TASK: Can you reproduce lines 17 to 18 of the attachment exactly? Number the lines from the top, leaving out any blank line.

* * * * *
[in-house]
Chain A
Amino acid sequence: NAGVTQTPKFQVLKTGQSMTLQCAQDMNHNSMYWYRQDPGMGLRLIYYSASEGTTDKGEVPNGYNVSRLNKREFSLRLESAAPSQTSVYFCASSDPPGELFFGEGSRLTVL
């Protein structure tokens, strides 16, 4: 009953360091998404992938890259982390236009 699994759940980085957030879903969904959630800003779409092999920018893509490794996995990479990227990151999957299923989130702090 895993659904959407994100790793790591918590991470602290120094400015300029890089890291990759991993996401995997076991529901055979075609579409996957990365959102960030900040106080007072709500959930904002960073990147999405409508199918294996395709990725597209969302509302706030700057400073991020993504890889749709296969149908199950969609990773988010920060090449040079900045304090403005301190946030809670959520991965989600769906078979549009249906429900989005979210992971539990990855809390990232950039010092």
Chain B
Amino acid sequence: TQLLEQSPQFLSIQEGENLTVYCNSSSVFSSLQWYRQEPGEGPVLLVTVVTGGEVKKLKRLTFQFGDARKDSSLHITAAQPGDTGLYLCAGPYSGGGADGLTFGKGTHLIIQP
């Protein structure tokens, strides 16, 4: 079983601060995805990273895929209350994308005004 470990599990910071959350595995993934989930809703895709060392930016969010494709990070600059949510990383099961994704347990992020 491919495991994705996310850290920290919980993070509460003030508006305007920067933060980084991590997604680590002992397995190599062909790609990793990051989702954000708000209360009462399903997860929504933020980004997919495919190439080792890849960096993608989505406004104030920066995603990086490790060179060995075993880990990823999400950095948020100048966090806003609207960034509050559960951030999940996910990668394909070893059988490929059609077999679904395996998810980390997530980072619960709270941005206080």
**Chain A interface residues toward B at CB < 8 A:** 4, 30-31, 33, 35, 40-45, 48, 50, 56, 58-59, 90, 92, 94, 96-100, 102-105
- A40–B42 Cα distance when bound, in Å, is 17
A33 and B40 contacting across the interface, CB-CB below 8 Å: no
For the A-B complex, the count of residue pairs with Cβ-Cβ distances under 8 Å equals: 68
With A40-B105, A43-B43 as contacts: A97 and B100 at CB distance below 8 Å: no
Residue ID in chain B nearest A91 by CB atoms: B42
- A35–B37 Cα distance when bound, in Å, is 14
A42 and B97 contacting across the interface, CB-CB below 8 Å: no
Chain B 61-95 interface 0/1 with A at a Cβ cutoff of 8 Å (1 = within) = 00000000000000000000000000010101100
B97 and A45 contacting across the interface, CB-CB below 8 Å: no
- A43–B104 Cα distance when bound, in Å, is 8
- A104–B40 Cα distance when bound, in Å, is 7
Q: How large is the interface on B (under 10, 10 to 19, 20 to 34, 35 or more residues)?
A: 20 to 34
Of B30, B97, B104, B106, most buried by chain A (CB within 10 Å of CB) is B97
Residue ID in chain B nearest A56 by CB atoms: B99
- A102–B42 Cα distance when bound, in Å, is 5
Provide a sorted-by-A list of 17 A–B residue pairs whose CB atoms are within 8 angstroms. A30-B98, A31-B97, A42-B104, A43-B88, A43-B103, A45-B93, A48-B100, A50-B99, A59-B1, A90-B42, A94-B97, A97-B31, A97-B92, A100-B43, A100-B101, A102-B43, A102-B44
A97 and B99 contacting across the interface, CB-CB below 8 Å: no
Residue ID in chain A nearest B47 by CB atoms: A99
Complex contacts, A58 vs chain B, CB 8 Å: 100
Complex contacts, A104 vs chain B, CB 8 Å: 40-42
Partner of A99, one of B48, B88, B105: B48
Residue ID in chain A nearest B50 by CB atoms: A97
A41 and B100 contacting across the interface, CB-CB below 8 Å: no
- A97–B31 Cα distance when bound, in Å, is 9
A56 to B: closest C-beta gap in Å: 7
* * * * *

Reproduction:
B97 and A45 contacting across the interface, CB-CB below 8 Å: no
- A43–B104 Cα distance when bound, in Å, is 8